In North Dakota, according to state law public funds cannot be used to build athletic facilities. In the case of the UND High Performance Center, every dollar was raised privately. “It’s really amazing when you think about it,” says Kevin Galbraith, head coach, track & field. “There were a lot of people who came on board to give not only their support, but their hard-earned cash to make this a reality. We had alums donate millions of dollars in cash to get this built, and we are fortunate because we have very successful alums from the school.”
Other notable contributors included a $9 million leadership gift from Altru Health Systems, who has a partnership with UND’s medical school, and a $1 million contribution from SCHEELS. Phase 2 of the facility will also be completed with the generosity of the community, and will include football and track locker rooms, athletic department offices, sports medicine and seating for 1,500.
The High Performance Center has been an ongoing project since 2010. Heading up the design is the Icon Architectural Group, who are pleased with the outcome of Phase 1 and are already forming plans for Phase 2.
Blixt says the main reason the track was done as a 300 meter length was to incorporate a regulation size football field in the center of it. “With the football field, the end zones are cropped a little because it doesn’t quite fit inside the track, but still performs well for its intended use. When the football team wants to run end zone pattern plays, they usually move the cones 10 yards out. Then they can dive on the field instead of diving on the track. It also helps having the field striped different colors to distinguish the different end zone locations.”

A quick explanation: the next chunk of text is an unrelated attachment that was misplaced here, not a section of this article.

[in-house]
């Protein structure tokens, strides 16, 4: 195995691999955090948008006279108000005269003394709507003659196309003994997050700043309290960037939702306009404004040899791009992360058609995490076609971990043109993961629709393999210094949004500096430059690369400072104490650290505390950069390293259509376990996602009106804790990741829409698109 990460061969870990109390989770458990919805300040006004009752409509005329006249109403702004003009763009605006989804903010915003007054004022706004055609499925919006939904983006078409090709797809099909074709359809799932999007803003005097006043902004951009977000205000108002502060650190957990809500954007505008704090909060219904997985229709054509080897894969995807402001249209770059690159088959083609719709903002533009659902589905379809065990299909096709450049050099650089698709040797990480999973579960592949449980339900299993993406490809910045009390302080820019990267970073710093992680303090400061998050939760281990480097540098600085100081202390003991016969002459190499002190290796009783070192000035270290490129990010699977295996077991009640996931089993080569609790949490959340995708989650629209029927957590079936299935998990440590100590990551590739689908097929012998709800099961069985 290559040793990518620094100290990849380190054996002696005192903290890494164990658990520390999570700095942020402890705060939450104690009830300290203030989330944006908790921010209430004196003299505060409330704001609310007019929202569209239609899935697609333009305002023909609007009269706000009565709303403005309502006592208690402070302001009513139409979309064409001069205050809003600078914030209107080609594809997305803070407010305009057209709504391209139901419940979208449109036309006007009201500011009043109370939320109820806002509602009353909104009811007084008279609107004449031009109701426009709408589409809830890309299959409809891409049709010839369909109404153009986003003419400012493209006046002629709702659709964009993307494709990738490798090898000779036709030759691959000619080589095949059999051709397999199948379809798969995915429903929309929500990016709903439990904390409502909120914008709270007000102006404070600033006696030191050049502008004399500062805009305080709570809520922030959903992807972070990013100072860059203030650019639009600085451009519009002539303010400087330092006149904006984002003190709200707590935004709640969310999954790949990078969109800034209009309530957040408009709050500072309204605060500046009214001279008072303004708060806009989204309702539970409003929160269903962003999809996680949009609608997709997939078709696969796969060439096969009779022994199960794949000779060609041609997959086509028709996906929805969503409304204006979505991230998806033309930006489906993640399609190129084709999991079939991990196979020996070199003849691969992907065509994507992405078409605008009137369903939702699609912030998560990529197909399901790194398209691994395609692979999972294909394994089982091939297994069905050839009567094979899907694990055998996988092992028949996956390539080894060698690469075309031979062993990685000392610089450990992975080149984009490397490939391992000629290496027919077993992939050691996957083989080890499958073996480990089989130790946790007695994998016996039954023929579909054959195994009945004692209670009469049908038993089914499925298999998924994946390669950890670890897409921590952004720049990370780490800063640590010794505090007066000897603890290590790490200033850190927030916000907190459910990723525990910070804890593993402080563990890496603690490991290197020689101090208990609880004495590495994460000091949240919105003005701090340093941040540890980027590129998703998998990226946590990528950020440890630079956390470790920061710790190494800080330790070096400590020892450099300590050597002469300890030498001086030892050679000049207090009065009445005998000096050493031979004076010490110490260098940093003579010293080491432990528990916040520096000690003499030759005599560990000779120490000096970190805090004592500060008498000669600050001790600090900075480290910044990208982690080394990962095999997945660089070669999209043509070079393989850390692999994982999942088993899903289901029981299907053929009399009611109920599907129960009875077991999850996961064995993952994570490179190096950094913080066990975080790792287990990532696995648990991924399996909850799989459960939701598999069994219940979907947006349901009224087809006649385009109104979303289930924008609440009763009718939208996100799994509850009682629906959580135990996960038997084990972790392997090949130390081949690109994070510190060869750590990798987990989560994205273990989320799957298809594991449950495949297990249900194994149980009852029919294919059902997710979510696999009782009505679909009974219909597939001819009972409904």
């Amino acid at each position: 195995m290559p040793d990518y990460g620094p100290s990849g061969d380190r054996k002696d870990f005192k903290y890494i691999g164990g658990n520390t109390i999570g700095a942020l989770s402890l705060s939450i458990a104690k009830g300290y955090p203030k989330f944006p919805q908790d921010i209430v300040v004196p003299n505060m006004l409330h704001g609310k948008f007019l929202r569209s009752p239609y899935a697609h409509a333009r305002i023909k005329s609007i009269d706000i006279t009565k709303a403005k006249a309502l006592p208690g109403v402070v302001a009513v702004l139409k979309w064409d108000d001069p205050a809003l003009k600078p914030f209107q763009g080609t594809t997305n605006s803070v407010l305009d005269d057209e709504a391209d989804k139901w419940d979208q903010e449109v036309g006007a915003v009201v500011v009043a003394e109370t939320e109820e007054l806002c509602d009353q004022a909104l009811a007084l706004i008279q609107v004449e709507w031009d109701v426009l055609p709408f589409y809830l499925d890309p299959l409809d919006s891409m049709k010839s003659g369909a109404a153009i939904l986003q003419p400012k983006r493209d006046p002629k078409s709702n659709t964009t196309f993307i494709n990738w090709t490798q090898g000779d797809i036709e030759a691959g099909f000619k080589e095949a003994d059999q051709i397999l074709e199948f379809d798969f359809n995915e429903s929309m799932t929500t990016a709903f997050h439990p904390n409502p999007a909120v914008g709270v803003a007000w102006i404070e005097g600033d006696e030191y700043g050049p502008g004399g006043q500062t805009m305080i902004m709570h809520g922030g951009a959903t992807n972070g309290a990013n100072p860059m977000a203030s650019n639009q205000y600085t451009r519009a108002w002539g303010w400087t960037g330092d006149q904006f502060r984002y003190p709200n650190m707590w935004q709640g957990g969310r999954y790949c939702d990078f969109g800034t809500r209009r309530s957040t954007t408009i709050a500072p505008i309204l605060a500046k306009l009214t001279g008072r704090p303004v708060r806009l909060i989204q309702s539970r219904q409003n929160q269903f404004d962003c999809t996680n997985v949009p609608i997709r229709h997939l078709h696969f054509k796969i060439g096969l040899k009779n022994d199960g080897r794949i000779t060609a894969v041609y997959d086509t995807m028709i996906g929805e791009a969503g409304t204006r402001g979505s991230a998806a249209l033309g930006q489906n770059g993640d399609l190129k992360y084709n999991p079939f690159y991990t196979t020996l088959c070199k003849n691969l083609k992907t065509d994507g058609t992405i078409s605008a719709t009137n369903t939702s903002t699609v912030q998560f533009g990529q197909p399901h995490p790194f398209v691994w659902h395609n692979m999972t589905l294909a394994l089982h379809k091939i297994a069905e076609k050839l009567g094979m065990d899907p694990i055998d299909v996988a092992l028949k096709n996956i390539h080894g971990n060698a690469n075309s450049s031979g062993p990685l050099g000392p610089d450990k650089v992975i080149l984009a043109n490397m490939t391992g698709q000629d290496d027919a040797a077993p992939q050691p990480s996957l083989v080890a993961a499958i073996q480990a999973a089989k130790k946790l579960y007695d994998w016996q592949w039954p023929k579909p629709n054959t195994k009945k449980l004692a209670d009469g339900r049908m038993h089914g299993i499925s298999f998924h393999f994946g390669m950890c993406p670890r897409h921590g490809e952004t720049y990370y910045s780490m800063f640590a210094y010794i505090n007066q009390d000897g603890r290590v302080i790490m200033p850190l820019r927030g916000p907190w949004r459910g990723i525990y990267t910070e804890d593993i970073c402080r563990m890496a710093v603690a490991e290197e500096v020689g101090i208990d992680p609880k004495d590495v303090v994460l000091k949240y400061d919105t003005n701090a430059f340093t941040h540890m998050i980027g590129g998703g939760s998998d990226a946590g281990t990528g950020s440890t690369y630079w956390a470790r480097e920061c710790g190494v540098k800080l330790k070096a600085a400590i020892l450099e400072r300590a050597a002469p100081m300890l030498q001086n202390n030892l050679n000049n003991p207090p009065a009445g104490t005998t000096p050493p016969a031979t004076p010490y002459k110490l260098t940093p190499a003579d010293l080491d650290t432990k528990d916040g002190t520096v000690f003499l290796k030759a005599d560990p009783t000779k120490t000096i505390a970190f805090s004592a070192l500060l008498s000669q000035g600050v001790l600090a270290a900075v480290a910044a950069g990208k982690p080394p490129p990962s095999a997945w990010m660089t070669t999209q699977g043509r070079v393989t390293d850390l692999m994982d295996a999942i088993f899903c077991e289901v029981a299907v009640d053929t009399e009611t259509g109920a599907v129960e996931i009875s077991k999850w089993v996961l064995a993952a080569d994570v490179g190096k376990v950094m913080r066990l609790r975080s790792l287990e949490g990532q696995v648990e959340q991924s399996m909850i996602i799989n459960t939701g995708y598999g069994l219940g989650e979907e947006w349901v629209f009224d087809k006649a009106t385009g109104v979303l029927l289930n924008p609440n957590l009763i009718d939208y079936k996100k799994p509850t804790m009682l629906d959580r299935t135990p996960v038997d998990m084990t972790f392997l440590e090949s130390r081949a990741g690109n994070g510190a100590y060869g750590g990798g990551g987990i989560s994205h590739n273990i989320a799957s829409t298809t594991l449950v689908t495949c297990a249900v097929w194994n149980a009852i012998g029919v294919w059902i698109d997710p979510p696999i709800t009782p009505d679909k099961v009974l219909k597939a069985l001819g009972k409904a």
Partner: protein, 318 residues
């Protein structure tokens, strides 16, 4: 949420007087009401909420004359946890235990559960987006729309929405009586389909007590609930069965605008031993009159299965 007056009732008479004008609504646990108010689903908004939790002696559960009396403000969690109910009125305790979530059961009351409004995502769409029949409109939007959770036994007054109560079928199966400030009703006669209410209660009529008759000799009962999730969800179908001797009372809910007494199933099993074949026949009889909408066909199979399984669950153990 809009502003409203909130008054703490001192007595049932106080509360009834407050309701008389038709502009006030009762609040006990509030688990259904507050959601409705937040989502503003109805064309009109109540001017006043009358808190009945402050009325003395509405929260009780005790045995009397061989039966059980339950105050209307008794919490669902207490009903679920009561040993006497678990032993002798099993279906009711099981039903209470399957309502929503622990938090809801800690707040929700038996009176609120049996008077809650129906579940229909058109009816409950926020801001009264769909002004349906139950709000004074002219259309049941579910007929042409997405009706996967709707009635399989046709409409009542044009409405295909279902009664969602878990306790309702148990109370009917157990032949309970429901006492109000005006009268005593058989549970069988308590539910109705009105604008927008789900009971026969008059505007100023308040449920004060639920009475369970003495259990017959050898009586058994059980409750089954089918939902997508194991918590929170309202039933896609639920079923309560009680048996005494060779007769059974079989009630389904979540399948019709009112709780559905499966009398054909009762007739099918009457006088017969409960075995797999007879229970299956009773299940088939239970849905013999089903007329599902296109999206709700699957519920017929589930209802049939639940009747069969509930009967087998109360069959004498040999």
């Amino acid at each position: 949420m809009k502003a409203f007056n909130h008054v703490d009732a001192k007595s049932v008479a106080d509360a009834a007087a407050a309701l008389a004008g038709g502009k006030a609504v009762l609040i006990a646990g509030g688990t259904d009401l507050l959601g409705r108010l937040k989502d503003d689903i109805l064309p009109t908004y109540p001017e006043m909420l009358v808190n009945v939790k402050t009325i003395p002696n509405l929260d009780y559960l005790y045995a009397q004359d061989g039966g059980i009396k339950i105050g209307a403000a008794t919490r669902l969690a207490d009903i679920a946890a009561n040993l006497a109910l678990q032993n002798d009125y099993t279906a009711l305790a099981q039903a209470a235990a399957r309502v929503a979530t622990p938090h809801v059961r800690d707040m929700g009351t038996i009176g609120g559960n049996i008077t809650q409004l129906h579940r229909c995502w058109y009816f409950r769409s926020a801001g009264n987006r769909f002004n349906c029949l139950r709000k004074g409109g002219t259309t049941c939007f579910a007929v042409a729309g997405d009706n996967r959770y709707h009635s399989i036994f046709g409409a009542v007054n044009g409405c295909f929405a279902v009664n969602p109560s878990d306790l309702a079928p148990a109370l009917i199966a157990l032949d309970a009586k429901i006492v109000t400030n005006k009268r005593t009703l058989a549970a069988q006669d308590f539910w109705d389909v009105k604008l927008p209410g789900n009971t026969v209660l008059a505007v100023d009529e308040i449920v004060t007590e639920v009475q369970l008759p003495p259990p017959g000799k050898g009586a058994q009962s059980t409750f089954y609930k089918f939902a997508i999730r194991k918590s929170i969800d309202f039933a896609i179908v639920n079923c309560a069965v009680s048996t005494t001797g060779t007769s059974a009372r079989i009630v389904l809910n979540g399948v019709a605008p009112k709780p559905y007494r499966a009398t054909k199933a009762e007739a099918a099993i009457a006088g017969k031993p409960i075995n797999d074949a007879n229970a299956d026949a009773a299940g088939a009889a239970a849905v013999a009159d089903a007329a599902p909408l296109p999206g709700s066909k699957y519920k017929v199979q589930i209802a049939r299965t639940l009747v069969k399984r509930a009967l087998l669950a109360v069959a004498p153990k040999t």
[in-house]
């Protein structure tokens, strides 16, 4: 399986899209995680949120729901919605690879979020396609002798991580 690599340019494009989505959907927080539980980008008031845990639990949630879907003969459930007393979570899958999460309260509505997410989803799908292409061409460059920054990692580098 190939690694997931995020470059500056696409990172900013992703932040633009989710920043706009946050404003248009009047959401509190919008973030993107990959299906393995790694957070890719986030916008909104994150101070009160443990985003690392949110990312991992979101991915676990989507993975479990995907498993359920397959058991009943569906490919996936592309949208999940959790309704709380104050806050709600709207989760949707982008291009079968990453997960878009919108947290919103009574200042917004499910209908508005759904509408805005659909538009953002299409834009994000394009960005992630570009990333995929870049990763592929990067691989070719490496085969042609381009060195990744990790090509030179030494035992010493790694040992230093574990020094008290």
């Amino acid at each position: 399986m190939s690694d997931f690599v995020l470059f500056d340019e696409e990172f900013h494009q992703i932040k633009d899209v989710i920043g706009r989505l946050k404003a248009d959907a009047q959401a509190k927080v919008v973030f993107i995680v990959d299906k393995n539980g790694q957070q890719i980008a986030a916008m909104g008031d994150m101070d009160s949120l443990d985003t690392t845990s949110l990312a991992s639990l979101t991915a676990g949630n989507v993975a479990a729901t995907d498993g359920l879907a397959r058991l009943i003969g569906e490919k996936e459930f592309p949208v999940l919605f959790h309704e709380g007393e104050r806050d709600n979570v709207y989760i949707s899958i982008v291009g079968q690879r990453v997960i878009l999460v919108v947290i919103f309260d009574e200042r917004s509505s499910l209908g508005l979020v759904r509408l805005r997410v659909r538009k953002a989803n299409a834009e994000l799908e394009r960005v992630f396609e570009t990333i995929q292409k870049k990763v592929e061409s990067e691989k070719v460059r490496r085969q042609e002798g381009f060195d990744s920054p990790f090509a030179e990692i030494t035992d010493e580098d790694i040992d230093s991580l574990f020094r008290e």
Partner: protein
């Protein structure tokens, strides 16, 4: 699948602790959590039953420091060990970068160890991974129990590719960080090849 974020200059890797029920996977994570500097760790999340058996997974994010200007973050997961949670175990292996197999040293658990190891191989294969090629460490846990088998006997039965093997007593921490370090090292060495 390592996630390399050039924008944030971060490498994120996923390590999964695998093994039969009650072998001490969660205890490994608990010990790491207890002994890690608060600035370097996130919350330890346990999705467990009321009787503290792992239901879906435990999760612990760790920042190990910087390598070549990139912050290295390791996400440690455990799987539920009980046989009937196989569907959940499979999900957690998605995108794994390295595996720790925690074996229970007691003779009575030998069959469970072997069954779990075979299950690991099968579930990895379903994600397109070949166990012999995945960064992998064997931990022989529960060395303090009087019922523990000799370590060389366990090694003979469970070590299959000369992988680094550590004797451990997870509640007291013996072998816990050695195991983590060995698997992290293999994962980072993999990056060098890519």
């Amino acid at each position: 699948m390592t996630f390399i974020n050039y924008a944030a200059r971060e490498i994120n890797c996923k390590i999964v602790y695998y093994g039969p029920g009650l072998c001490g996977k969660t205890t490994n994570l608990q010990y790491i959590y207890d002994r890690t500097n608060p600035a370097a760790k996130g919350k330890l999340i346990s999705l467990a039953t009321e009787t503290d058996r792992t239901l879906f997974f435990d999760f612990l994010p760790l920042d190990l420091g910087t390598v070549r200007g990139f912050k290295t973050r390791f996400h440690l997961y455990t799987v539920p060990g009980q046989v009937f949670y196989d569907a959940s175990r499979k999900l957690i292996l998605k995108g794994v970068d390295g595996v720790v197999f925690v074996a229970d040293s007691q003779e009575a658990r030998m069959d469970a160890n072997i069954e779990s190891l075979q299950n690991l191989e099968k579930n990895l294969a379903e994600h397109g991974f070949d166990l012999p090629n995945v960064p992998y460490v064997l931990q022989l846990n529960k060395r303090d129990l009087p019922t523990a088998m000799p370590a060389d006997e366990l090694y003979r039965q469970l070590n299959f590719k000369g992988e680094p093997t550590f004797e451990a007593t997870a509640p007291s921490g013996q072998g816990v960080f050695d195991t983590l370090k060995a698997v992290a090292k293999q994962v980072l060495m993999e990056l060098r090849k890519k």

“Using the MondoTurf, we striped every 10 yards with a different shade of green, from dark to light to dark,” says Todd Blixt, architect with Icon Architectural Group. “People really like the way it breaks up the space with a classic look. The coaches like it too because on film, it’s easier to read how far the ball is getting thrown, how far their players ran and other details when they’re practicing.”